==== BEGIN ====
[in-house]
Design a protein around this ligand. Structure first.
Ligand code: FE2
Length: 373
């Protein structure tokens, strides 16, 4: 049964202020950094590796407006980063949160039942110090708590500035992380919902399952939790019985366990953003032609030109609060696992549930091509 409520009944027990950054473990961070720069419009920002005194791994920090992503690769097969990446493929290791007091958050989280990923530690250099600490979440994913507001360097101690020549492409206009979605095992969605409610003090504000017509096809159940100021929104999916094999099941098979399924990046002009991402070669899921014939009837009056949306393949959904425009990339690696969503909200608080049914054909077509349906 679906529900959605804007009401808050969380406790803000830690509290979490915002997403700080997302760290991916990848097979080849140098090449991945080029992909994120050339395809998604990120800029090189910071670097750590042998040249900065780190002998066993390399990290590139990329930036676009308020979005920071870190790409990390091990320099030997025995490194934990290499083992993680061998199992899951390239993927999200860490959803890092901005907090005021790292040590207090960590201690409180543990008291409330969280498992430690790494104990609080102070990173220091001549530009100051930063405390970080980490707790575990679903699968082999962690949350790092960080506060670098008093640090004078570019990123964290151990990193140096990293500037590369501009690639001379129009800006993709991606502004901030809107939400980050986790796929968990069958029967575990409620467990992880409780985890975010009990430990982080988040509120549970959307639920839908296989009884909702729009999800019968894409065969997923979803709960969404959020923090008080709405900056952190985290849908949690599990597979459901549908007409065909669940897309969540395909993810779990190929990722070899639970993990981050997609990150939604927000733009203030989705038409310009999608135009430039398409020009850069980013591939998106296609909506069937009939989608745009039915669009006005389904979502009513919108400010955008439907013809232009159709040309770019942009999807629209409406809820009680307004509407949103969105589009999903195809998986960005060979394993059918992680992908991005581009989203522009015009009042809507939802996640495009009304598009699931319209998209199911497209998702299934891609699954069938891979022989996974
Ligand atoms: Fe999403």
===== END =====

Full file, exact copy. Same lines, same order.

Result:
[in-house]
Design a protein around this ligand. Structure first.
Ligand code: FE2
Length: 373
């Protein structure tokens, strides 16, 4: 049964202020950094590796407006980063949160039942110090708590500035992380919902399952939790019985366990953003032609030109609060696992549930091509 409520009944027990950054473990961070720069419009920002005194791994920090992503690769097969990446493929290791007091958050989280990923530690250099600490979440994913507001360097101690020549492409206009979605095992969605409610003090504000017509096809159940100021929104999916094999099941098979399924990046002009991402070669899921014939009837009056949306393949959904425009990339690696969503909200608080049914054909077509349906 679906529900959605804007009401808050969380406790803000830690509290979490915002997403700080997302760290991916990848097979080849140098090449991945080029992909994120050339395809998604990120800029090189910071670097750590042998040249900065780190002998066993390399990290590139990329930036676009308020979005920071870190790409990390091990320099030997025995490194934990290499083992993680061998199992899951390239993927999200860490959803890092901005907090005021790292040590207090960590201690409180543990008291409330969280498992430690790494104990609080102070990173220091001549530009100051930063405390970080980490707790575990679903699968082999962690949350790092960080506060670098008093640090004078570019990123964290151990990193140096990293500037590369501009690639001379129009800006993709991606502004901030809107939400980050986790796929968990069958029967575990409620467990992880409780985890975010009990430990982080988040509120549970959307639920839908296989009884909702729009999800019968894409065969997923979803709960969404959020923090008080709405900056952190985290849908949690599990597979459901549908007409065909669940897309969540395909993810779990190929990722070899639970993990981050997609990150939604927000733009203030989705038409310009999608135009430039398409020009850069980013591939998106296609909506069937009939989608745009039915669009006005389904979502009513919108400010955008439907013809232009159709040309770019942009999807629209409406809820009680307004509407949103969105589009999903195809998986960005060979394993059918992680992908991005581009989203522009015009009042809507939802996640495009009304598009699931319209998209199911497209998702299934891609699954069938891979022989996974
Ligand atoms: Fe999403």